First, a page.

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John tells the Lovatts that he and his friends are leaving for a job-training school in Manchester. Ben takes this news poorly, asking why he can’t go along with John. Harriet thanks John for all he’s done. Ben misses John and the gang immensely, and Harriet finds him at the café alone one afternoon, as if waiting for them to arrive. One afternoon, Ben races into the house and a policewoman shows up to make sure he wasn’t lost. The policewoman recommends Harriet not let him run around on his own like that for fear of being kidnapped, and Harriet says, “No such luck.” The policewoman departs, laughing.
Ben’s surrogate family breaks up and he finds himself equally as forlorn as Harriet was when Ben’s arrival disrupted their otherwise pleasant family life. Back in Harriet’s company, Harriet finds herself wishing Ben might be kidnapped, similarly to the way she used to wish he’d fallen out a window or been hit by a car. The appearance of the policewoman also foreshadows future concerns of Harriet’s having to do with Ben getting in trouble with the law.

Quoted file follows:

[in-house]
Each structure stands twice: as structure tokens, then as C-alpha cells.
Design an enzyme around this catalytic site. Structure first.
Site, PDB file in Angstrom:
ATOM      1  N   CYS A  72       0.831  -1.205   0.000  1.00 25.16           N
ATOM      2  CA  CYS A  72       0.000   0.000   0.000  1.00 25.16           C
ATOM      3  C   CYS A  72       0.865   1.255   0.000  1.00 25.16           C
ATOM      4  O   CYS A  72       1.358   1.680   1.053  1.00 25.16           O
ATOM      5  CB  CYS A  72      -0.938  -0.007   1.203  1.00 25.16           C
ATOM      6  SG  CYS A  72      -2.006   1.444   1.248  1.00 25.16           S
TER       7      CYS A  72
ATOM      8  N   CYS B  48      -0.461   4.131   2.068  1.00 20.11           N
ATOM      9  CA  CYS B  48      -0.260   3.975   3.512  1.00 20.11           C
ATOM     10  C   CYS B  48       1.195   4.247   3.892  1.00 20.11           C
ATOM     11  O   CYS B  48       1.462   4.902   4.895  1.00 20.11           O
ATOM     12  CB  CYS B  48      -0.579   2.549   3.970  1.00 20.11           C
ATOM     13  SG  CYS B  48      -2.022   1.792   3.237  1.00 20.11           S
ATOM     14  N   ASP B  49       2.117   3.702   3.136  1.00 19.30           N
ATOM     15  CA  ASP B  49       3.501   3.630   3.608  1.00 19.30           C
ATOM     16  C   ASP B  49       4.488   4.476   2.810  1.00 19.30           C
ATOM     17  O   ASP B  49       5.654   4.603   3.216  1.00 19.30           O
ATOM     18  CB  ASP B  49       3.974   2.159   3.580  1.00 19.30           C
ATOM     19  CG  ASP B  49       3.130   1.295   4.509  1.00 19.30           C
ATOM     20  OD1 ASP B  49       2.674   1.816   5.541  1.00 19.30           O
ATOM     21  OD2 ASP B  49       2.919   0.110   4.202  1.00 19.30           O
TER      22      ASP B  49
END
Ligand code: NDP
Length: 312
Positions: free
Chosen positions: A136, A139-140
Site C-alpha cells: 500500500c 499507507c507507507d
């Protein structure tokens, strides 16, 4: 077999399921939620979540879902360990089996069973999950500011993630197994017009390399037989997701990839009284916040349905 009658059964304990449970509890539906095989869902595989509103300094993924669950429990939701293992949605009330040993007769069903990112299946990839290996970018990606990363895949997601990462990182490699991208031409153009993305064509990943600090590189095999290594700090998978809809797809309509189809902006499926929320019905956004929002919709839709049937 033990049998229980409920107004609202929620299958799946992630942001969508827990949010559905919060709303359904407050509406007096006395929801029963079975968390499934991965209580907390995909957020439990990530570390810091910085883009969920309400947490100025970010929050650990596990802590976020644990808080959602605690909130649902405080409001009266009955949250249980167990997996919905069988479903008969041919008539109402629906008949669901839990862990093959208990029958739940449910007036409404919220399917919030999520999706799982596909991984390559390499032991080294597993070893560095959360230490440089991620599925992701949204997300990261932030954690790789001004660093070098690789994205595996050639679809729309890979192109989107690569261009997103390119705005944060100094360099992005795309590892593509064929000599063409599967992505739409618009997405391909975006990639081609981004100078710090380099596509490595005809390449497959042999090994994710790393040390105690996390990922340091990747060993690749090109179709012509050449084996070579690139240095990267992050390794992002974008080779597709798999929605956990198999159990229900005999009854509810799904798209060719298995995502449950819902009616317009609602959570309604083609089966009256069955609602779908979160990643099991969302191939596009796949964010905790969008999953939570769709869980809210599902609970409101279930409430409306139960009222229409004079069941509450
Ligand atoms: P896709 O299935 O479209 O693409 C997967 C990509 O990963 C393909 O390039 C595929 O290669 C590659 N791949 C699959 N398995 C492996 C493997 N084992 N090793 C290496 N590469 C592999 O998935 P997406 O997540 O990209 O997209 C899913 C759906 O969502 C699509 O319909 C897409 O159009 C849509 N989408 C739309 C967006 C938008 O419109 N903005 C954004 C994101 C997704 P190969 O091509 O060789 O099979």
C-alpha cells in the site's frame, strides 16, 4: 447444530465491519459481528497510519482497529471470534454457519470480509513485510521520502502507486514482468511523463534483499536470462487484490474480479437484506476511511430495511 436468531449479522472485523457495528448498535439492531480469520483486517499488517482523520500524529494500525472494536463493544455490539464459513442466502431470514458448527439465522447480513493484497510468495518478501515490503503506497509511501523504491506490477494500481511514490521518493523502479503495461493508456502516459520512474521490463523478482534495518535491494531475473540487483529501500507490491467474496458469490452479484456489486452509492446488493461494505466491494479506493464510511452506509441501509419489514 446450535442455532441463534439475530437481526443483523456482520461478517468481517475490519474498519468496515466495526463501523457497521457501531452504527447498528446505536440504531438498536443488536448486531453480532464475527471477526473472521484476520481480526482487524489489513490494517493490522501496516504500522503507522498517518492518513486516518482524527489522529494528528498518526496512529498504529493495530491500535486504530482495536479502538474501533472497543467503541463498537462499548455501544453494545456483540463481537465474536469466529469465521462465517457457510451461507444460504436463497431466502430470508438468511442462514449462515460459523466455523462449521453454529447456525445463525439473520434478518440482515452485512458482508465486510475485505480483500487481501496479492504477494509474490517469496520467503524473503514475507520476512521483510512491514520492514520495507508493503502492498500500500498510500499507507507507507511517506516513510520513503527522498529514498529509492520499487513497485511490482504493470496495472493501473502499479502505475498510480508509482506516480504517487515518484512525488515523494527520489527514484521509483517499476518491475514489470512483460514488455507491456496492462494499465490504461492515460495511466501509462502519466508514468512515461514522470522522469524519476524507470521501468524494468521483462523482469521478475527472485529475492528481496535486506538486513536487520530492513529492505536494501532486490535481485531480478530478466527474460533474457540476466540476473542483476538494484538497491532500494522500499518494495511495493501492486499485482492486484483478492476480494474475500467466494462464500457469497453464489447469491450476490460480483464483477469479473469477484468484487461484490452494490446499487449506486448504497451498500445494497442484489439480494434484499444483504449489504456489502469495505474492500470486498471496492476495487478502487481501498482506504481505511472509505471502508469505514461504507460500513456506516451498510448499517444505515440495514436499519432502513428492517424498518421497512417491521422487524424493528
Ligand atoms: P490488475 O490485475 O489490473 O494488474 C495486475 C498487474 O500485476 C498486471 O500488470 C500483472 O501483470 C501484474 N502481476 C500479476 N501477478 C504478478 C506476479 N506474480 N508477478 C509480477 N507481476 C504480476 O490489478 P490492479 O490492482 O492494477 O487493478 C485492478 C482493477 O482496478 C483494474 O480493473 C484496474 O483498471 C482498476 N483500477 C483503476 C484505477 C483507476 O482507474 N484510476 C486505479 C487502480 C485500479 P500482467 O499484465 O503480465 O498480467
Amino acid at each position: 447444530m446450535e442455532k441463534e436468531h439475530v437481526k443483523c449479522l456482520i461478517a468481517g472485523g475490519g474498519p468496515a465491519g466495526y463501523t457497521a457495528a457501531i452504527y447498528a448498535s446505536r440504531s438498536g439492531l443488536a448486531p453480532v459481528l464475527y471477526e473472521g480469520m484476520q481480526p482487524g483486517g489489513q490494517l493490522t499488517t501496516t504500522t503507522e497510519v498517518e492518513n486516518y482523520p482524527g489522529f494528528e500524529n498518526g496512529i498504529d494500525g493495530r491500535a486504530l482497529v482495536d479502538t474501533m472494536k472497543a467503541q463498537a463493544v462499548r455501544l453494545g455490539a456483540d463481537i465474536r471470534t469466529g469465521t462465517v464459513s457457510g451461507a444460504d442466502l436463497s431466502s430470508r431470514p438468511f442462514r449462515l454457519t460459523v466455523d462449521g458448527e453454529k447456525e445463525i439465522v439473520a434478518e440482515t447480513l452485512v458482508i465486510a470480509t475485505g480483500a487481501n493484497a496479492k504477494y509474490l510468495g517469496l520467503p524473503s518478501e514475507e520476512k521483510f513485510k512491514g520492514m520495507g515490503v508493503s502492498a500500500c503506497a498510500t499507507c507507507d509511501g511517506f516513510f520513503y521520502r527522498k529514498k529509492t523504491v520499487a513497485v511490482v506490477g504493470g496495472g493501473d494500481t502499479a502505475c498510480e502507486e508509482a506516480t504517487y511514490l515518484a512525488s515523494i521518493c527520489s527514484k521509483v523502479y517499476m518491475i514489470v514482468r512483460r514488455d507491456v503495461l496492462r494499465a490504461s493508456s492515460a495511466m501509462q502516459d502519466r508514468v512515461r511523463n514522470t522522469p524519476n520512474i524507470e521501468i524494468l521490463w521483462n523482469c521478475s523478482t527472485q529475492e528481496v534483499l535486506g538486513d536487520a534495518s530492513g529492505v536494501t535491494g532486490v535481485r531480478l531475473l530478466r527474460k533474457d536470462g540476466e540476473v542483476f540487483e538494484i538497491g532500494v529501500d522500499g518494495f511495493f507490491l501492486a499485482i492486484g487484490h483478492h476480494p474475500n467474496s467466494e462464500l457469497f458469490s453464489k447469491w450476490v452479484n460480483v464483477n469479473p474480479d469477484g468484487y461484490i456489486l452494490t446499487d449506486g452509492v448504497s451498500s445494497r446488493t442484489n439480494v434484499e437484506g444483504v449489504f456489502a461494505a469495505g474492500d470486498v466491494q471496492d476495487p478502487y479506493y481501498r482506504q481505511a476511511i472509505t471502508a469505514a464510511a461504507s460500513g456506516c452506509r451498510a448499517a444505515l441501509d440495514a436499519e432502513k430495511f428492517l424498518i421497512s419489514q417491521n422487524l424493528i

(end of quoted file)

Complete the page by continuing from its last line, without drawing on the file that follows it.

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Harriet recognizes that David has become what he vowed he would never be, focusing mostly on work and paying all their bills, except for the support James gave to Luke. Harriet, David and Paul leave to visit Helen and Luke, and Dorothy is left alone with Ben, whom she hasn’t seen in a year. David asks Harriet if she realizes Ben will be an adolescent soon—the idea of him being sexual scares David. After this weekend away, Dorothy asks Harriet if she thinks Ben asks himself why he is different and if there are more people like him in the world. They agree they don’t want to know what other kinds of people have lived in the history of the earth after having met Ben. Dorothy also notes that Ben is no longer a child despite the fact that they treat him like one.